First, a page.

Dead Wait

People and animals have been dying for millions of years. You probably walk over buried fossils every day. Obviously you wouldn’t want to be two feet from a rotting corpse or carcass but what about two-thousand feet? Unless someone told you, you would never know there was a dead body on a ridge a half-mile away from your property line.

Fear of the unknown has caused a vocal minority to protest the plans for an environmental forensic research facility in Jefferson County. Other residents realize the potential benefits of the new type of body farm, including the opportunity for scientific advancement and the opportunity for the financial support it would bring to Carson-Newman University, which needs the money.

view of Art Bohanan's house from land to be used for Carson-Newman body farm¬†On Tuesday, the Jefferson County Board of Zoning Appeals postponed a decision about Art Bohanan’s proposal to donate a portion of the land behind his home to Carson-Newman.¬†Bohanan’s neighbor, Woodhaven Memory Gardens president Doris Ligon, has led the charge against the body farm. The zoning board will try again on December 18 to reach a decision.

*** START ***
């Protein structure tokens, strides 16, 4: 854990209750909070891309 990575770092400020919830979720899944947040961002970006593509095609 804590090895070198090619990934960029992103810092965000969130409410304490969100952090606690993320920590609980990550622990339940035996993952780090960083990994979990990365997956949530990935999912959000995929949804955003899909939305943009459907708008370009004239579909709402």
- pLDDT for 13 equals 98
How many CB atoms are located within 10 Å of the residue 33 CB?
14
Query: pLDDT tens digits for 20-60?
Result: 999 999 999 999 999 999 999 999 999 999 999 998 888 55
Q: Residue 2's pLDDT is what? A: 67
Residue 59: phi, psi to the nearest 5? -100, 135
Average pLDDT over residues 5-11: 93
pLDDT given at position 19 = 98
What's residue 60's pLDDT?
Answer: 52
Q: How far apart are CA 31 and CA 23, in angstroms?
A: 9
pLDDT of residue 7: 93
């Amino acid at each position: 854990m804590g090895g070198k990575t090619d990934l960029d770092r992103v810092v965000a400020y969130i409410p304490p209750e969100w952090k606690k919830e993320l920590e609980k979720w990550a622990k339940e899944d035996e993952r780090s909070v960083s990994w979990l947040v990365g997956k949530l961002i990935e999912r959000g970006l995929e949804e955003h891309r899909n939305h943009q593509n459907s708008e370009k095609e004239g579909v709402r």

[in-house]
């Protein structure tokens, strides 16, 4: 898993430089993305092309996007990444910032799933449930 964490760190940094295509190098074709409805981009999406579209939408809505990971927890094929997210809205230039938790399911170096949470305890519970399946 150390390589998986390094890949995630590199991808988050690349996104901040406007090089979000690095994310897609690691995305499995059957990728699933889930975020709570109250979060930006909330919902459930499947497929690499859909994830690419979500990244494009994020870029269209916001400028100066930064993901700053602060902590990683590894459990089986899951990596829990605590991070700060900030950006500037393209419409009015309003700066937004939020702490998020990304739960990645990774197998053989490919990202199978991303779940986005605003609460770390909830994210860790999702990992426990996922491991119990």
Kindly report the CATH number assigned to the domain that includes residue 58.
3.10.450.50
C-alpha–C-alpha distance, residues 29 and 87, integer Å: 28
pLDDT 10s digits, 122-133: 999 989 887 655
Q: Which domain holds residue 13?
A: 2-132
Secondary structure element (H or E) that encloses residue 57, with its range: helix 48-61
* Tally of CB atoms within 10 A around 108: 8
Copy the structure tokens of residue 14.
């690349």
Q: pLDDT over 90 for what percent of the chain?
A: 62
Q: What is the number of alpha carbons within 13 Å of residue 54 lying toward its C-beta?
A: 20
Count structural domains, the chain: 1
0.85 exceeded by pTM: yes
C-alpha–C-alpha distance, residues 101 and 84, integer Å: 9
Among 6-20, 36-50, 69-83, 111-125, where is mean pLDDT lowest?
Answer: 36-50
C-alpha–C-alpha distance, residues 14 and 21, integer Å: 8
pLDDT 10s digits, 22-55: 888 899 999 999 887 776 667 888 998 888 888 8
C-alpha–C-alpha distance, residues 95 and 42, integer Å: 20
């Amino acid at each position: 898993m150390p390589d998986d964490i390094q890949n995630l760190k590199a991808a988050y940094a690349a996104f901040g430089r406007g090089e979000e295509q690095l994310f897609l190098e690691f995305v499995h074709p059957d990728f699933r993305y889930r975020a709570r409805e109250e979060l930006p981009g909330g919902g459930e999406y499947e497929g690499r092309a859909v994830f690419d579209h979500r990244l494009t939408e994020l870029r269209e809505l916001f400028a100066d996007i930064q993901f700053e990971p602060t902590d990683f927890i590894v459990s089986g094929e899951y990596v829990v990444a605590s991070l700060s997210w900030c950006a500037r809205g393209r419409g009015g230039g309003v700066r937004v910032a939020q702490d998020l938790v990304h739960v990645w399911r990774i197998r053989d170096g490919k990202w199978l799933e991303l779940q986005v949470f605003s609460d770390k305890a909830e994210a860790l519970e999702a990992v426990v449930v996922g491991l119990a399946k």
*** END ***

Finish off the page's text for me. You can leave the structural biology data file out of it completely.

The founder of the original Body Farm, Dr. Bill Bass, who supports the Carson-Newman project, was recently honored as a Health Care Hero by the leaders of Knoxville area hospitals.

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2 Responses to Dead Wait

  1. Keith Ely says:

    isn’t interesting that the so called “group” opposing the project is a funeral home. They are probably afraid they may lose some business what with people donating their remains instead of opting for a fureral. Maybe they just want to get their name in the news to get some free advertising. Maybe they should check into her business affairs to be sure everything is doing is up to code.

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